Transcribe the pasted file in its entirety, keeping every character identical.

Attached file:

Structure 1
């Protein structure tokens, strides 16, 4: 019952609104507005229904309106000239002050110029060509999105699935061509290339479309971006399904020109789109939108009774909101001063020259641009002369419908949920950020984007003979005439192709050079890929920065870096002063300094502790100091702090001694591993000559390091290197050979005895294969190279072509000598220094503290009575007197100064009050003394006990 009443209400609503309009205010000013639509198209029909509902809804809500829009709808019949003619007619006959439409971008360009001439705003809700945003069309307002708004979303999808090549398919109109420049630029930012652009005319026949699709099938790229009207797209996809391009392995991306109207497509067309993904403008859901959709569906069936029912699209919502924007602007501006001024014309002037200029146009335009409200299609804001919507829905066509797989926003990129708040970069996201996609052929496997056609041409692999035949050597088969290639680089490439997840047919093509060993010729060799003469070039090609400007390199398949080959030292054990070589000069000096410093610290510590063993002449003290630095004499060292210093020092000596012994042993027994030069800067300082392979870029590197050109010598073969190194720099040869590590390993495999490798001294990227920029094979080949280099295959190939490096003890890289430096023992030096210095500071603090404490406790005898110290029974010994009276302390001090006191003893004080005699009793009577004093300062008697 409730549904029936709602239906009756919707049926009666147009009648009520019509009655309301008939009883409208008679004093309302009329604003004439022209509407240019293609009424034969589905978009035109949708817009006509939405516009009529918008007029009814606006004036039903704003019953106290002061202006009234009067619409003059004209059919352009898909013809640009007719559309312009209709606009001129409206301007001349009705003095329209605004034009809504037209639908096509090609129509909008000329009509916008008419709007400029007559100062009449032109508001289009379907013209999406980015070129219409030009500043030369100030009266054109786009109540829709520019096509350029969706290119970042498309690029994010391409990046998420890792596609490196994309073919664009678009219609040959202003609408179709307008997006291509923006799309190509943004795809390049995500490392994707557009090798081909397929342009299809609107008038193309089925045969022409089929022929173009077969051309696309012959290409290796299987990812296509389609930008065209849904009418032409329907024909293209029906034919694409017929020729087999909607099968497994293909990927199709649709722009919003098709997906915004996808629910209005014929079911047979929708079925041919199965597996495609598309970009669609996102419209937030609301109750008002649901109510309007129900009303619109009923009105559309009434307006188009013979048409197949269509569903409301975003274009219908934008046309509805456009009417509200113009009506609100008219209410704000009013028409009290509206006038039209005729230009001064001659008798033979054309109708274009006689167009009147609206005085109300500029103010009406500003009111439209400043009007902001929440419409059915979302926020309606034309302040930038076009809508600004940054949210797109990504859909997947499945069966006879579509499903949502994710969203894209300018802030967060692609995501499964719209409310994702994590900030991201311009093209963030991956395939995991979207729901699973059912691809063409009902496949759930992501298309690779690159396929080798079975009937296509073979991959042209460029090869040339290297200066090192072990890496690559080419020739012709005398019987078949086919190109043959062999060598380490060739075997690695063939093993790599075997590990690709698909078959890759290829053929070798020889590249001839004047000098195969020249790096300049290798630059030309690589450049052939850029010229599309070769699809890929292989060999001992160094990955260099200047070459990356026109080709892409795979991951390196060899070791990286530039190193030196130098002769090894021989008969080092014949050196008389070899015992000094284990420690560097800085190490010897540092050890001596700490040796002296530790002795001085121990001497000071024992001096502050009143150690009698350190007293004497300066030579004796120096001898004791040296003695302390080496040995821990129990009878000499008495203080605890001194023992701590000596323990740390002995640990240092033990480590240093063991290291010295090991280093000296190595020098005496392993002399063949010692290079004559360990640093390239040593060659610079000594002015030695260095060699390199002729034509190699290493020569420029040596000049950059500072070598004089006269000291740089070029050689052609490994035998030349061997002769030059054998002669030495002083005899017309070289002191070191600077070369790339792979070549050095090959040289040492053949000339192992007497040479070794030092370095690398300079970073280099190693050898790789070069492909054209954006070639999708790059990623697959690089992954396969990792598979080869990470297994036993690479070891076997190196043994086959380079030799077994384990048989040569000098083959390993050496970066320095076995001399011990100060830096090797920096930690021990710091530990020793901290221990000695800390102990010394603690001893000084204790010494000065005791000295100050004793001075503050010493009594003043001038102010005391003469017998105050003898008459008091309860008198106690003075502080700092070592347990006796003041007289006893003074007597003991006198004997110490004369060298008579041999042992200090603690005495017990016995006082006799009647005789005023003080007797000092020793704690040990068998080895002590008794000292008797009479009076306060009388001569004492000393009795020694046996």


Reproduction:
Structure 1
């Protein structure tokens, strides 16, 4: 019952609104507005229904309106000239002050110029060509999105699935061509290339479309971006399904020109789109939108009774909101001063020259641009002369419908949920950020984007003979005439192709050079890929920065870096002063300094502790100091702090001694591993000559390091290197050979005895294969190279072509000598220094503290009575007197100064009050003394006990 009443209400609503309009205010000013639509198209029909509902809804809500829009709808019949003619007619006959439409971008360009001439705003809700945003069309307002708004979303999808090549398919109109420049630029930012652009005319026949699709099938790229009207797209996809391009392995991306109207497509067309993904403008859901959709569906069936029912699209919502924007602007501006001024014309002037200029146009335009409200299609804001919507829905066509797989926003990129708040970069996201996609052929496997056609041409692999035949050597088969290639680089490439997840047919093509060993010729060799003469070039090609400007390199398949080959030292054990070589000069000096410093610290510590063993002449003290630095004499060292210093020092000596012994042993027994030069800067300082392979870029590197050109010598073969190194720099040869590590390993495999490798001294990227920029094979080949280099295959190939490096003890890289430096023992030096210095500071603090404490406790005898110290029974010994009276302390001090006191003893004080005699009793009577004093300062008697 409730549904029936709602239906009756919707049926009666147009009648009520019509009655309301008939009883409208008679004093309302009329604003004439022209509407240019293609009424034969589905978009035109949708817009006509939405516009009529918008007029009814606006004036039903704003019953106290002061202006009234009067619409003059004209059919352009898909013809640009007719559309312009209709606009001129409206301007001349009705003095329209605004034009809504037209639908096509090609129509909008000329009509916008008419709007400029007559100062009449032109508001289009379907013209999406980015070129219409030009500043030369100030009266054109786009109540829709520019096509350029969706290119970042498309690029994010391409990046998420890792596609490196994309073919664009678009219609040959202003609408179709307008997006291509923006799309190509943004795809390049995500490392994707557009090798081909397929342009299809609107008038193309089925045969022409089929022929173009077969051309696309012959290409290796299987990812296509389609930008065209849904009418032409329907024909293209029906034919694409017929020729087999909607099968497994293909990927199709649709722009919003098709997906915004996808629910209005014929079911047979929708079925041919199965597996495609598309970009669609996102419209937030609301109750008002649901109510309007129900009303619109009923009105559309009434307006188009013979048409197949269509569903409301975003274009219908934008046309509805456009009417509200113009009506609100008219209410704000009013028409009290509206006038039209005729230009001064001659008798033979054309109708274009006689167009009147609206005085109300500029103010009406500003009111439209400043009007902001929440419409059915979302926020309606034309302040930038076009809508600004940054949210797109990504859909997947499945069966006879579509499903949502994710969203894209300018802030967060692609995501499964719209409310994702994590900030991201311009093209963030991956395939995991979207729901699973059912691809063409009902496949759930992501298309690779690159396929080798079975009937296509073979991959042209460029090869040339290297200066090192072990890496690559080419020739012709005398019987078949086919190109043959062999060598380490060739075997690695063939093993790599075997590990690709698909078959890759290829053929070798020889590249001839004047000098195969020249790096300049290798630059030309690589450049052939850029010229599309070769699809890929292989060999001992160094990955260099200047070459990356026109080709892409795979991951390196060899070791990286530039190193030196130098002769090894021989008969080092014949050196008389070899015992000094284990420690560097800085190490010897540092050890001596700490040796002296530790002795001085121990001497000071024992001096502050009143150690009698350190007293004497300066030579004796120096001898004791040296003695302390080496040995821990129990009878000499008495203080605890001194023992701590000596323990740390002995640990240092033990480590240093063991290291010295090991280093000296190595020098005496392993002399063949010692290079004559360990640093390239040593060659610079000594002015030695260095060699390199002729034509190699290493020569420029040596000049950059500072070598004089006269000291740089070029050689052609490994035998030349061997002769030059054998002669030495002083005899017309070289002191070191600077070369790339792979070549050095090959040289040492053949000339192992007497040479070794030092370095690398300079970073280099190693050898790789070069492909054209954006070639999708790059990623697959690089992954396969990792598979080869990470297994036993690479070891076997190196043994086959380079030799077994384990048989040569000098083959390993050496970066320095076995001399011990100060830096090797920096930690021990710091530990020793901290221990000695800390102990010394603690001893000084204790010494000065005791000295100050004793001075503050010493009594003043001038102010005391003469017998105050003898008459008091309860008198106690003075502080700092070592347990006796003041007289006893003074007597003991006198004997110490004369060298008579041999042992200090603690005495017990016995006082006799009647005789005023003080007797000092020793704690040990068998080895002590008794000292008797009479009076306060009388001569004492000393009795020694046996």